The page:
4 cost-saving tips for digital nomads

In 2022, travel finally opened back up. But, after a long stint out of the office, many didn’t feel like returning. The past few years have seen drastic changes in our workflow, as well as companies adjusting their expectations around how employees get their work done. As a result, digital nomading is back – and it’s bigger than ever before.

Whilst going from, say, the UK to Montenegro may seem like a hugely cheaper lifestyle, many nomads are struck with just how much more they spend than they imagined. Below are four tips on how to successfully keep costs down as a digital nomad.

Picking your transport wisely

Many nomads will appreciate good public transport. Trains can be a blisteringly fast way to travel as it avoids traffic and goes in a relatively straight line. But, this isn’t the case when in South East Asia, for example, where they can be excruciatingly slow.

As great as public transport can be, we need to know when it’s worth renting private vehicles and when it isn’t. Renting a car in Mallorca with ROIG, for example, is a no-brainer because it’s almost impossible to navigate the island in any other way. You would be missing out on the best parts of Mallorca if you didn’t have a car – namely the hidden beaches and mountain villages. It would cost far more in taxi fares than it would to rent a car.

But when in the majority of Northern, Western, or Central Europe, renting a car makes less sense, particularly when staying in major cities. Eurail has some great package offers, whilst cities like Barcelona are exceedingly easy and cheap to navigate by metro.

AirBnB can be great – but it has its limits

AirBnB is a common tool for digital nomads. It’s no secret how easy it is, but what many do not realise is just how much they can save by doing month-long stays. A lot of AirBnB landlords frequently offer a 10-50% nightly discount for month-long stays to entice customers. It helps reduce their vacancy rate and cleaning costs, making it a win-win for both parties.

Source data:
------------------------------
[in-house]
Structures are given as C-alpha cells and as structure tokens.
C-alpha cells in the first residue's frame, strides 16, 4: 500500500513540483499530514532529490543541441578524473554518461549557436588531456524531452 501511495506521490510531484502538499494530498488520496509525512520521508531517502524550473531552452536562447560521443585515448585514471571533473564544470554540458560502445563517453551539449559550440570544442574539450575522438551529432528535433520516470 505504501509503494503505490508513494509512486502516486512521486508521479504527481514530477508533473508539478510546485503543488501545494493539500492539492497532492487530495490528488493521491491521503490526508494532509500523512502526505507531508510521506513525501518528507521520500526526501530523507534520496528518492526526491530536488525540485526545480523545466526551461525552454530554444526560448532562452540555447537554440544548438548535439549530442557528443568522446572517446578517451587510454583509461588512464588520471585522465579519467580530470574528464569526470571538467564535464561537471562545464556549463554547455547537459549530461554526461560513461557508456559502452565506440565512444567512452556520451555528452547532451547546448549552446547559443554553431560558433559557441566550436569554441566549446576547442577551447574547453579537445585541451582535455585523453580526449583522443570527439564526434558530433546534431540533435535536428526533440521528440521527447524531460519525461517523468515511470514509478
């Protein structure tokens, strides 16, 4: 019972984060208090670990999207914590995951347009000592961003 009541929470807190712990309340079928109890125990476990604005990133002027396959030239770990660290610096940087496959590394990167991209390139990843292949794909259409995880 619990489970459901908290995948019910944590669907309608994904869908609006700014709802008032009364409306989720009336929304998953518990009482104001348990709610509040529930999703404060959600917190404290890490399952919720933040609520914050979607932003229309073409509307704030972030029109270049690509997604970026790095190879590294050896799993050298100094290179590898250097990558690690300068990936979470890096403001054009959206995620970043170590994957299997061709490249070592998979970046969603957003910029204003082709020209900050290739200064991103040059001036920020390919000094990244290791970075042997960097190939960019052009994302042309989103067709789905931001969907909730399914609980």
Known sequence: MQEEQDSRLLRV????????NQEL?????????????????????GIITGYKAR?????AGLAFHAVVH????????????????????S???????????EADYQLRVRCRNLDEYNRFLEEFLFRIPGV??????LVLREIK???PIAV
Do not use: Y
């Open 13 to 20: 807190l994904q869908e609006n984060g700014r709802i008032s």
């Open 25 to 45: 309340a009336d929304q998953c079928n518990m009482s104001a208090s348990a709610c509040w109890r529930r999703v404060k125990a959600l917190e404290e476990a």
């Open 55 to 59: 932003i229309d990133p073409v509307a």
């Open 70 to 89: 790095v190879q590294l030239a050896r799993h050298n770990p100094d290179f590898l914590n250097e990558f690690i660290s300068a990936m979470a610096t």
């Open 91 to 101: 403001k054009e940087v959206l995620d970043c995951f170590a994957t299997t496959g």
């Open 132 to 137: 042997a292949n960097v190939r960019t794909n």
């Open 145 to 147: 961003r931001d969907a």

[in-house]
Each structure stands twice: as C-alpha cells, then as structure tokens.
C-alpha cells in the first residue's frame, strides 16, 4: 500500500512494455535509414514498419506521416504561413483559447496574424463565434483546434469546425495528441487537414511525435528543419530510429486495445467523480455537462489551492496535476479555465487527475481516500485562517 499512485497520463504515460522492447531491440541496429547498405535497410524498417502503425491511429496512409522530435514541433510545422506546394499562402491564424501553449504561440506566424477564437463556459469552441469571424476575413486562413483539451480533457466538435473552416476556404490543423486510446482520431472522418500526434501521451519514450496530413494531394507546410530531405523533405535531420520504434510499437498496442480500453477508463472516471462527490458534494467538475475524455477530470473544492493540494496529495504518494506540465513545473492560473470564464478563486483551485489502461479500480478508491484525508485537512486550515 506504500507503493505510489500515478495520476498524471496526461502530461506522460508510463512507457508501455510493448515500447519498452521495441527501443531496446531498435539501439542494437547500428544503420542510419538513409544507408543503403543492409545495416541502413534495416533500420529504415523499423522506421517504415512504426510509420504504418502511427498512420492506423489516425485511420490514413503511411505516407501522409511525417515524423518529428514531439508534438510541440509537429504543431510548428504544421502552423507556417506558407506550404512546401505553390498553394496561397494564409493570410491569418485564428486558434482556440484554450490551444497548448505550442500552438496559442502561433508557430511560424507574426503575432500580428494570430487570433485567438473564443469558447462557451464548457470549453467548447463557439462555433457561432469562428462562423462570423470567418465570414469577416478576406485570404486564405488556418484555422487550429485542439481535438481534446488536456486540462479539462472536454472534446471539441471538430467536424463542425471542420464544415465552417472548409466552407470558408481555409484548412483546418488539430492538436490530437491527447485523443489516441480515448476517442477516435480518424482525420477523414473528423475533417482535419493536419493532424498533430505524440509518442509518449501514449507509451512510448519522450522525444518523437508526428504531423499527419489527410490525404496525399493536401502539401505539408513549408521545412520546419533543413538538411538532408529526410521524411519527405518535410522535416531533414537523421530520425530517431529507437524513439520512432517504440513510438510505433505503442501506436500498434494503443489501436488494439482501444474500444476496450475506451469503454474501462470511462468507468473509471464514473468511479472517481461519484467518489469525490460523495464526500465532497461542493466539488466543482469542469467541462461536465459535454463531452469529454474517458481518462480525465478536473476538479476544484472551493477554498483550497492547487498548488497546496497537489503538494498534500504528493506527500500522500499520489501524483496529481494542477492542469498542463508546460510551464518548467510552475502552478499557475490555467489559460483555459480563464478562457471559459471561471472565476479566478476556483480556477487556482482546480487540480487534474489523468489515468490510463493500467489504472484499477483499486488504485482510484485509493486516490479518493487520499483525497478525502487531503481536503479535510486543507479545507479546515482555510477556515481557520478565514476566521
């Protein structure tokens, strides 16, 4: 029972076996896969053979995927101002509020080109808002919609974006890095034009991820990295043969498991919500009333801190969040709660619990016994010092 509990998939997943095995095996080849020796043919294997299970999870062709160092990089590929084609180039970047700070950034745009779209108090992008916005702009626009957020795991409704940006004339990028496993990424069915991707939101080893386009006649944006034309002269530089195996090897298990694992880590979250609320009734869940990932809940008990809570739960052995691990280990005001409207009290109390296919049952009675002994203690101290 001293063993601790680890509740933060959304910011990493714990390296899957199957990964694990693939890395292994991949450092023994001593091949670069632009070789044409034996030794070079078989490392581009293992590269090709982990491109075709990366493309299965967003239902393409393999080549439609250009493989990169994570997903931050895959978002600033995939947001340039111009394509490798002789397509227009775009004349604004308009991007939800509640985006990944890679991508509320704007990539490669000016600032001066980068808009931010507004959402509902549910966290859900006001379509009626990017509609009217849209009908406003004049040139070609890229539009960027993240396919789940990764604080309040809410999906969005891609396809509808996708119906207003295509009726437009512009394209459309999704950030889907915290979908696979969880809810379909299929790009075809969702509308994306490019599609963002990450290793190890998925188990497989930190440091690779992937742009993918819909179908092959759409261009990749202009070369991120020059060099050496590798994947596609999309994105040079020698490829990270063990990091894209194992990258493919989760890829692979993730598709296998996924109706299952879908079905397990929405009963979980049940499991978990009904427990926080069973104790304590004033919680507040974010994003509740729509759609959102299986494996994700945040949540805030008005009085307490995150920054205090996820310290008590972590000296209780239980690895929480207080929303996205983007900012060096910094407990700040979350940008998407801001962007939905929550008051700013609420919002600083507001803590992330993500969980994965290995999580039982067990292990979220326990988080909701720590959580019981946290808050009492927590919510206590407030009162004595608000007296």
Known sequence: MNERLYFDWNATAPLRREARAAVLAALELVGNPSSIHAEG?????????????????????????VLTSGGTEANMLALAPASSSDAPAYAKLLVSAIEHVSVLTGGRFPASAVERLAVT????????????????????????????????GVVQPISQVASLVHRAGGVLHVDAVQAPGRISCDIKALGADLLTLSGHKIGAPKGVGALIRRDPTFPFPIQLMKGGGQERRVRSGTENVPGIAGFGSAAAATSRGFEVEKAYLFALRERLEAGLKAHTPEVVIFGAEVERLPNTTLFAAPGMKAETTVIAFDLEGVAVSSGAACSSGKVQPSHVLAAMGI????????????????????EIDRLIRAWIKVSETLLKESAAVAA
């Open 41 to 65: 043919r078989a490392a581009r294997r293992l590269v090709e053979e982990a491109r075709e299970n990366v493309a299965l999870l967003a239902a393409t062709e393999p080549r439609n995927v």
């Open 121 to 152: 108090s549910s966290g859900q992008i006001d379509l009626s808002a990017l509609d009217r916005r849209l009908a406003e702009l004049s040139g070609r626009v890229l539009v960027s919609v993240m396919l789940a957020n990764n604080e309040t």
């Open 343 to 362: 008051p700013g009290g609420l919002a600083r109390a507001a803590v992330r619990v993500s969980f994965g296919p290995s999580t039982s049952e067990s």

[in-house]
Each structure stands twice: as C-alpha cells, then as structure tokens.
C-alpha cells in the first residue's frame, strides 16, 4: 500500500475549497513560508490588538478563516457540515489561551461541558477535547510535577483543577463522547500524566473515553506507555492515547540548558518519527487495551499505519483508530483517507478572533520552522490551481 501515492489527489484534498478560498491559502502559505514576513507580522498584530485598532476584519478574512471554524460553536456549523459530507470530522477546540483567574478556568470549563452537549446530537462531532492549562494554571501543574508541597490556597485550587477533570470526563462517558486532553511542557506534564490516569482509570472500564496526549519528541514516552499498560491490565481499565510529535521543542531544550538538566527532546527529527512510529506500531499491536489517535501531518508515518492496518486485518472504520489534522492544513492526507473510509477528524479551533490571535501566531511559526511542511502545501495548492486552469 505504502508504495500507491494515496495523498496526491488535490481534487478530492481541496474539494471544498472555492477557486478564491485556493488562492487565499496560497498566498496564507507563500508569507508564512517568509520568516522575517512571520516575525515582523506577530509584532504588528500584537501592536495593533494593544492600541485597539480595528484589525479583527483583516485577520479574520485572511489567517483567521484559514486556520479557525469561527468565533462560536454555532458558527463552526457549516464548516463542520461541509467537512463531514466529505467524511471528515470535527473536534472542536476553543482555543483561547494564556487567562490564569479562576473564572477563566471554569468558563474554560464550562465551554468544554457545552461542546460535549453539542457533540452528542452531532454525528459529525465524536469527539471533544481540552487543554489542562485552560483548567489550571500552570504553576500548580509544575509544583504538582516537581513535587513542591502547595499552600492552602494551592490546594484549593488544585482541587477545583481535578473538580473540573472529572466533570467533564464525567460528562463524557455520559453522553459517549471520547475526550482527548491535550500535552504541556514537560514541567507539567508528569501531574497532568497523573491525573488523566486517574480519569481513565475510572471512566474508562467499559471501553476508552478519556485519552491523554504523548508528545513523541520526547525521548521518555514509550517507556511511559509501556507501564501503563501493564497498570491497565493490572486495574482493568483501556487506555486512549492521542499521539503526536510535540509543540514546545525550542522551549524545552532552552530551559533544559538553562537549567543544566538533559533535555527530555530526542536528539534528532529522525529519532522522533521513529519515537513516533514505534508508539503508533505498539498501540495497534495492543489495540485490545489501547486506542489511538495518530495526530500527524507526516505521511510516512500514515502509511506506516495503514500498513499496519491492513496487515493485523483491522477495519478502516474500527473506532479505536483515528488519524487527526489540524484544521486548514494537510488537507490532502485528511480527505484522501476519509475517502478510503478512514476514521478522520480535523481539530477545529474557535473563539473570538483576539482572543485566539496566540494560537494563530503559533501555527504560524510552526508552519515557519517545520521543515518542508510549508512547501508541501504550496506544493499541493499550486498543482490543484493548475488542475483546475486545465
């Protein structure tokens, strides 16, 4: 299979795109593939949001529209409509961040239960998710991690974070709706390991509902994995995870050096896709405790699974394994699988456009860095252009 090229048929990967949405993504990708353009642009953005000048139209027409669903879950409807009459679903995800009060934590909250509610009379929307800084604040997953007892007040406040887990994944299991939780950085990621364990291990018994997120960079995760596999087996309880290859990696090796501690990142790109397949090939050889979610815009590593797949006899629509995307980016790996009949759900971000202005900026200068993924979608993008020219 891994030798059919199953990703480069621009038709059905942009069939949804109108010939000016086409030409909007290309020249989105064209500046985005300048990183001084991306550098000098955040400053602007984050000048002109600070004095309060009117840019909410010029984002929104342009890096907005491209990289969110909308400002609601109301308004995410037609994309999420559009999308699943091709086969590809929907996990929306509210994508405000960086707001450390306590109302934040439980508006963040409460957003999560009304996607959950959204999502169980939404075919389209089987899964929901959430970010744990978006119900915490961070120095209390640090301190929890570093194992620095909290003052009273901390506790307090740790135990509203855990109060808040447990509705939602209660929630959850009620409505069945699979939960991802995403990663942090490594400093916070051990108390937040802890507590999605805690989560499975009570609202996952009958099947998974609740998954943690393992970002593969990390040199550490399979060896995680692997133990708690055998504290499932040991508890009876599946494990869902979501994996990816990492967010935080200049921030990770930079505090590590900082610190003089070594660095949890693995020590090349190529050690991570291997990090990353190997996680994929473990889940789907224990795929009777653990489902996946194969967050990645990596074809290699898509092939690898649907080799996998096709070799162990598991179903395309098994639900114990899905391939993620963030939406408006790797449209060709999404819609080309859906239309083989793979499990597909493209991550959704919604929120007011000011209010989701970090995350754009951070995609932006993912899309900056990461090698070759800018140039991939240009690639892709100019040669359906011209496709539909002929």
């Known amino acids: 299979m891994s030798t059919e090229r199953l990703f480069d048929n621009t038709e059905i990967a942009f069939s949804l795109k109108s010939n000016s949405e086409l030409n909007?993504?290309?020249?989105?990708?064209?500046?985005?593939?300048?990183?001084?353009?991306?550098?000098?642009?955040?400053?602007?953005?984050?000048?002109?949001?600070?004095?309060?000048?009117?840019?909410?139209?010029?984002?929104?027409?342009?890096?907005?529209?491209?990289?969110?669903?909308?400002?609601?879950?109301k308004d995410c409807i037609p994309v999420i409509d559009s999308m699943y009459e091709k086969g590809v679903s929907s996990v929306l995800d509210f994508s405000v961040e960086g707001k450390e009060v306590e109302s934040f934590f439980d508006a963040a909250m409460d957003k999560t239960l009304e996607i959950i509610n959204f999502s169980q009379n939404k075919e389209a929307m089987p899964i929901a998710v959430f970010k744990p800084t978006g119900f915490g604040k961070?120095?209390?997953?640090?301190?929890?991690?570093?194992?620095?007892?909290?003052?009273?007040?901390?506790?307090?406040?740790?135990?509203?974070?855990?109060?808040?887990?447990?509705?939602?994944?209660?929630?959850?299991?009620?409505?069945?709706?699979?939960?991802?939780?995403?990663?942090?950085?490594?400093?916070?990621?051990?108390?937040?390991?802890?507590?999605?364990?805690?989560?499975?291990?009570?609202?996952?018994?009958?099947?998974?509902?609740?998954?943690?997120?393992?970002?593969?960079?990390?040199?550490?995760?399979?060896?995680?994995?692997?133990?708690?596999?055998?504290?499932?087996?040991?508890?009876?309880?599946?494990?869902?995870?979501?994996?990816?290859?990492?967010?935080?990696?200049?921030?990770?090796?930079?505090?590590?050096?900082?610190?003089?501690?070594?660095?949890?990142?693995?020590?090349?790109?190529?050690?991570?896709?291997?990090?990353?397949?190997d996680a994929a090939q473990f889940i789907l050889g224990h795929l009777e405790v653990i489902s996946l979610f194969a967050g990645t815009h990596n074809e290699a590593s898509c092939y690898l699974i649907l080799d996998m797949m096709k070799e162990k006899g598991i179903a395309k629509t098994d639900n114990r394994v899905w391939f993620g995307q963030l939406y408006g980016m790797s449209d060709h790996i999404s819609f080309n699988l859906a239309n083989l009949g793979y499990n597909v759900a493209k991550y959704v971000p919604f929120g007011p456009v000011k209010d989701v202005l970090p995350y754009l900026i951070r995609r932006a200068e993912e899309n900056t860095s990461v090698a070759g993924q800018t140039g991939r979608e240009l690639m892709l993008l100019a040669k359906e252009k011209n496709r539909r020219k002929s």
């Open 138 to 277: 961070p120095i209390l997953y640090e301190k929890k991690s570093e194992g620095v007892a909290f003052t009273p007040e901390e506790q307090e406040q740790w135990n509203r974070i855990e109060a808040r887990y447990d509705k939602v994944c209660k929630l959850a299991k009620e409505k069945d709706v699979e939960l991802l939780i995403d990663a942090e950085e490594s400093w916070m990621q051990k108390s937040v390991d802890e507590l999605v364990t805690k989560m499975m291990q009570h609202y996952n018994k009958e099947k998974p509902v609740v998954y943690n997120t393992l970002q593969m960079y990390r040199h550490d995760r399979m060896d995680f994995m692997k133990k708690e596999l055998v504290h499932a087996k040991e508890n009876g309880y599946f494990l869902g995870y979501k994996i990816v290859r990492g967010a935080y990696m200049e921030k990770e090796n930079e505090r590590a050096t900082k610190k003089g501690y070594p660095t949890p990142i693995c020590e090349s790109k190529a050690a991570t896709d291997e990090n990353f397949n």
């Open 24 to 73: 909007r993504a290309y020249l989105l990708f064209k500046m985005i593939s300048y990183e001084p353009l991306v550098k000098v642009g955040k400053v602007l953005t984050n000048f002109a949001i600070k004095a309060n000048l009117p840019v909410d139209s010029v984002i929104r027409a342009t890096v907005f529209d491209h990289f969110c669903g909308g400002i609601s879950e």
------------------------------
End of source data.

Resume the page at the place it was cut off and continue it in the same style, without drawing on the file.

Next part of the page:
But, we can’t always stay a month in a new place. It might be a gamble or we are simply passing through. The tip here is to not rely solely on AirBnB, because we can lose scope of what we’re actually getting for our money.

In a busy city centre, like London or Prague, hotels are in greater supply. There will be more empty hotel rooms in that city than AirBnBs, most likely, because hotels can squeeze hundreds of rooms into one building. And, land is pricey in cities.

This means that nightly rates for hotels are often cheaper than AirBnB if it’s a short stay in a city. But, even if the price is the same, consider what you actually get for your money. The privacy and kitchen of an AirBnB may be great for a month’s stay, but for two nights, do you really want a kitchen, sofa, and a possibly tricky check-in process? What about facilities? The similarly priced hotel may have a swimming pool, room service, gym, a lobby to help you with questions or in booking a taxi, better parking, and daily cleaning.

Buy local food

This is a fairly obvious one, but buying local produce will always be cheaper than finding imported food from back home. This goes for beer in particular, but also snacks and fresh food.

But more than the actual ingredients, it’s important to buy local food in a local way. If you’re sitting in a cafe in Chiang Mai surrounded by other nomads and backpackers, it’s evident you’re not eating in the same way that the locals eat. So, even if you order a local dish and local drink, you’re almost certainly paying way over the odds for it.

Take notice of how locals eat. If it’s at markets, then this will likely be the cheapest place to go. But if there’s an option between a cafe with a menu in English or an outdoor food area filled with locals, pick the latter if money is a concern.

One bag, one price

Finally, it is a nod to the one-bag movement that is our final tip. One bag simply means travelling with one bag, as opposed to a suitcase. This isn’t ideal for everyone, and that’s okay, but most people (even if they don’t know it themselves yet) can fit all of the stuff they need into a 35L backpack.

The advantages of this are numerous:

  • Easier to manoeuvre and to get around
  • Safer because your belongings never leave your side
  • More mindful because we need to be intentional about what we bring
  • Saves money because we’re limited by space, so we can’t buy much during our travel
  • Avoids paying the checked-in luggage fee for every flight, saving hundreds across various flights

However, be careful here. If you find yourself having to buy and replace items because of a lack of space, such as winter coats and swimming shorts when changing climates, then consider if you’re really saving any money at all. If you’re a slow traveller and stay in each place for a long time, the issues of a suitcase may be exaggerated.

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